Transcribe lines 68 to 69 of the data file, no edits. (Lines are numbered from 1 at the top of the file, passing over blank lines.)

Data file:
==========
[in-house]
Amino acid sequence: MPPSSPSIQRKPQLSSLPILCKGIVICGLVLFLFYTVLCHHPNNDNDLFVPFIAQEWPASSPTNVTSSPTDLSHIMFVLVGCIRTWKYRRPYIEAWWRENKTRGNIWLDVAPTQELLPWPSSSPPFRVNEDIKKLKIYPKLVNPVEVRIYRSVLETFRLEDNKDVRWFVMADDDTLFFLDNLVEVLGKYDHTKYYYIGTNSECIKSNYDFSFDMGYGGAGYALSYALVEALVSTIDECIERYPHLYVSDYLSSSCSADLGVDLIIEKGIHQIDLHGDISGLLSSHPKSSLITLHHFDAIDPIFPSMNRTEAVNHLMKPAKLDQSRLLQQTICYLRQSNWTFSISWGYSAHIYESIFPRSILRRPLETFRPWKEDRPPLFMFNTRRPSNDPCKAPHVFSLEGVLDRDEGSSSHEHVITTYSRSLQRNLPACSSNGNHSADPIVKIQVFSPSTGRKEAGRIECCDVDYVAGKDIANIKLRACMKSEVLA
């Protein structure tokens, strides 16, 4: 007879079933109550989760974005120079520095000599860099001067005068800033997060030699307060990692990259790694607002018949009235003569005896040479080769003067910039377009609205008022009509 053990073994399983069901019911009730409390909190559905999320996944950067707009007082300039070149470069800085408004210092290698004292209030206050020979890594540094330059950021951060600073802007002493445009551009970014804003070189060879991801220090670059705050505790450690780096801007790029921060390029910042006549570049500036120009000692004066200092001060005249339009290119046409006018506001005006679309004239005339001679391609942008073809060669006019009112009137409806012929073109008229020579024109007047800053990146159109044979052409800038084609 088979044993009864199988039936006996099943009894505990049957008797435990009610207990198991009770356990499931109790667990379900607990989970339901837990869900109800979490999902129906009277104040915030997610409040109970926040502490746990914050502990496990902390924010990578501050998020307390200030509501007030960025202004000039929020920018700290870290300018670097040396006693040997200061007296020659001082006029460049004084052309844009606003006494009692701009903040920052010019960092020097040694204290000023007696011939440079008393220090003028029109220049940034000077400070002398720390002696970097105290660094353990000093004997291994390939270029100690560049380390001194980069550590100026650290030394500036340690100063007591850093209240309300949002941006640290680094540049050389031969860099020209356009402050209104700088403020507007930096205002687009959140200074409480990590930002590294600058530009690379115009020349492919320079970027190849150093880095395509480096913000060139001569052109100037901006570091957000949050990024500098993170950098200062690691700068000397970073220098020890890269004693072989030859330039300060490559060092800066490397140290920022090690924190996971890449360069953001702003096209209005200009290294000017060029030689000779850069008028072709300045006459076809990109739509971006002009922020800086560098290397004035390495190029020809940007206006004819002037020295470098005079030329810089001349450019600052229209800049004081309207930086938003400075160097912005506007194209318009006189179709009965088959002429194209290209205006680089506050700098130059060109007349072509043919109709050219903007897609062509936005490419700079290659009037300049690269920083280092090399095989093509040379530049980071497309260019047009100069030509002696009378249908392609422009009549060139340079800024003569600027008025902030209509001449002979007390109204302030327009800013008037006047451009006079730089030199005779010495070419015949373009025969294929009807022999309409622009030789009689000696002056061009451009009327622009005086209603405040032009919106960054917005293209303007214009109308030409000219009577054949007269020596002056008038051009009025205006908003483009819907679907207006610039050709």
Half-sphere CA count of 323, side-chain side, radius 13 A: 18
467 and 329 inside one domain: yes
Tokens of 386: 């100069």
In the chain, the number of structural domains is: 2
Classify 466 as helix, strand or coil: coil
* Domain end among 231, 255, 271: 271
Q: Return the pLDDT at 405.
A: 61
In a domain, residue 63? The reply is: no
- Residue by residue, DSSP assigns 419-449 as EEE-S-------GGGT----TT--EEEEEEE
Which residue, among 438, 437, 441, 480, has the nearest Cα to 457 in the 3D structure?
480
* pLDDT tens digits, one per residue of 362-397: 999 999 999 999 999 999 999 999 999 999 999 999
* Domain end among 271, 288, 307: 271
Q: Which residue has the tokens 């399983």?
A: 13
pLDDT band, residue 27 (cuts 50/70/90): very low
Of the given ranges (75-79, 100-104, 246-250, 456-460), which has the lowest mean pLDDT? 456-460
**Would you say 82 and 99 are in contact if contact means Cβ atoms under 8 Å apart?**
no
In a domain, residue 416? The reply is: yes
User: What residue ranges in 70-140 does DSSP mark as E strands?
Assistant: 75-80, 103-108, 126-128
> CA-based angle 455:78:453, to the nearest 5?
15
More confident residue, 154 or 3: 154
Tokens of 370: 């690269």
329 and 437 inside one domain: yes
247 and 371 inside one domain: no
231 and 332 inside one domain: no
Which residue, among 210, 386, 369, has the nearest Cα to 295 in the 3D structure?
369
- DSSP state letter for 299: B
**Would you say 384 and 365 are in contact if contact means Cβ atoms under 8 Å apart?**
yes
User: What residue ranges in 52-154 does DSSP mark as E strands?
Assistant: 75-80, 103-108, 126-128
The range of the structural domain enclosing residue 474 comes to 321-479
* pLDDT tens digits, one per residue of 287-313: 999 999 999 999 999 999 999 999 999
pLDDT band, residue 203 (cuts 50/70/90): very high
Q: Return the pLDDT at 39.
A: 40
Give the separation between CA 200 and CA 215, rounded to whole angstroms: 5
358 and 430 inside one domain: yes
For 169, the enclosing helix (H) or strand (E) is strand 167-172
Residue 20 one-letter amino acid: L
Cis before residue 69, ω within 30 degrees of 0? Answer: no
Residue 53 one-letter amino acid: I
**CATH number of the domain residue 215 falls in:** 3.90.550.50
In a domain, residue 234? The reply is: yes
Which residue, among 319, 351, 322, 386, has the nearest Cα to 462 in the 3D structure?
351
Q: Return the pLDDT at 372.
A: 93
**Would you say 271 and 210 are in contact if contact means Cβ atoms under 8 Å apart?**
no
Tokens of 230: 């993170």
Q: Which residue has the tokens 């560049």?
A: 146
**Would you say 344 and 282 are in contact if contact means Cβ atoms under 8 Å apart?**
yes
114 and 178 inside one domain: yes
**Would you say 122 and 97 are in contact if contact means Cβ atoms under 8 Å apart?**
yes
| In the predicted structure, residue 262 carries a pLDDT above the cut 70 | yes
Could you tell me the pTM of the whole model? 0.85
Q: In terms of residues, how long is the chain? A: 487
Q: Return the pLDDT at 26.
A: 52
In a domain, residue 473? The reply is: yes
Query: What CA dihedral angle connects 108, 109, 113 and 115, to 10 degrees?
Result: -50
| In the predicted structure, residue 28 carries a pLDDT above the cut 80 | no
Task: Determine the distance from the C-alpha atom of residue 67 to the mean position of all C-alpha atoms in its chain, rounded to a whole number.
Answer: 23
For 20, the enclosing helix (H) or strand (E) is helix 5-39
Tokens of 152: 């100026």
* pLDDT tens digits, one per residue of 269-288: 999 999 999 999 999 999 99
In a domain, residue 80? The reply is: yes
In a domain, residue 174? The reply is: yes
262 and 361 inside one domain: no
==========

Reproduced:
| In the predicted structure, residue 262 carries a pLDDT above the cut 70 | yes
Could you tell me the pTM of the whole model? 0.85